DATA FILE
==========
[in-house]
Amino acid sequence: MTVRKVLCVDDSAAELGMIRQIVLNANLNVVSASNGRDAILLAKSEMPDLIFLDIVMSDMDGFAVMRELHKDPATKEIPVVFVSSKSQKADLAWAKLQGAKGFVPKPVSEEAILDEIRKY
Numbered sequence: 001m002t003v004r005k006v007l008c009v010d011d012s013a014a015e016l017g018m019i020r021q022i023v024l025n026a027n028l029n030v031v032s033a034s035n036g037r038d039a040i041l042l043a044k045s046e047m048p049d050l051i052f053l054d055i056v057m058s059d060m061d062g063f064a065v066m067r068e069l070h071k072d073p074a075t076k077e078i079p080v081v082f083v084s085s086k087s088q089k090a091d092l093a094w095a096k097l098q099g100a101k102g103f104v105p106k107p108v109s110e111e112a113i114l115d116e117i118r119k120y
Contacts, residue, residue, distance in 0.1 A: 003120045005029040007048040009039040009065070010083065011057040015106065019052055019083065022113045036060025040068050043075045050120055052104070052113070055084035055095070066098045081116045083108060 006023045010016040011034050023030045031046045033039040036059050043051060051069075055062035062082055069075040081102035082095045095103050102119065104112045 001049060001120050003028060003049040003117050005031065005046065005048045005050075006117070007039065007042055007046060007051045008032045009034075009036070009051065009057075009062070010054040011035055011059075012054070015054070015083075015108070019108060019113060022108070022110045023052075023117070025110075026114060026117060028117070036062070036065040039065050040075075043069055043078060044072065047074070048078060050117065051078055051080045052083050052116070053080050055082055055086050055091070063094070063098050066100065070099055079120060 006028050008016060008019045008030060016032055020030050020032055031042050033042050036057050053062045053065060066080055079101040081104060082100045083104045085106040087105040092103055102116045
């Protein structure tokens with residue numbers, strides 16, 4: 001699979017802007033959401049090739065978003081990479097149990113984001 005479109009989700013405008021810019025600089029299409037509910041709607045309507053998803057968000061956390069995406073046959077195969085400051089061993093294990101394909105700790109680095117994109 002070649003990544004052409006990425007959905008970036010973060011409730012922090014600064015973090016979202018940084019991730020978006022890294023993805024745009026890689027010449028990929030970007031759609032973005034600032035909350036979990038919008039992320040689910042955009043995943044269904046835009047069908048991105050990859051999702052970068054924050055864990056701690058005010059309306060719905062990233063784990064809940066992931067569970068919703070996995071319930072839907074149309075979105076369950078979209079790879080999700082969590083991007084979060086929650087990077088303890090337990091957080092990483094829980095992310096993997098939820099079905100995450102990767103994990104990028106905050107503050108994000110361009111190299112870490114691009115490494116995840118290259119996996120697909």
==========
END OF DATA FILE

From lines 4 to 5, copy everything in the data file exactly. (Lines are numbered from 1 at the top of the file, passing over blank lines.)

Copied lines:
Contacts, residue, residue, distance in 0.1 A: 003120045005029040007048040009039040009065070010083065011057040015106065019052055019083065022113045036060025040068050043075045050120055052104070052113070055084035055095070066098045081116045083108060 006023045010016040011034050023030045031046045033039040036059050043051060051069075055062035062082055069075040081102035082095045095103050102119065104112045 001049060001120050003028060003049040003117050005031065005046065005048045005050075006117070007039065007042055007046060007051045008032045009034075009036070009051065009057075009062070010054040011035055011059075012054070015054070015083075015108070019108060019113060022108070022110045023052075023117070025110075026114060026117060028117070036062070036065040039065050040075075043069055043078060044072065047074070048078060050117065051078055051080045052083050052116070053080050055082055055086050055091070063094070063098050066100065070099055079120060 006028050008016060008019045008030060016032055020030050020032055031042050033042050036057050053062045053065060066080055079101040081104060082100045083104045085106040087105040092103055102116045
């Protein structure tokens with residue numbers, strides 16, 4: 001699979017802007033959401049090739065978003081990479097149990113984001 005479109009989700013405008021810019025600089029299409037509910041709607045309507053998803057968000061956390069995406073046959077195969085400051089061993093294990101394909105700790109680095117994109 002070649003990544004052409006990425007959905008970036010973060011409730012922090014600064015973090016979202018940084019991730020978006022890294023993805024745009026890689027010449028990929030970007031759609032973005034600032035909350036979990038919008039992320040689910042955009043995943044269904046835009047069908048991105050990859051999702052970068054924050055864990056701690058005010059309306060719905062990233063784990064809940066992931067569970068919703070996995071319930072839907074149309075979105076369950078979209079790879080999700082969590083991007084979060086929650087990077088303890090337990091957080092990483094829980095992310096993997098939820099079905100995450102990767103994990104990028106905050107503050108994000110361009111190299112870490114691009115490494116995840118290259119996996120697909």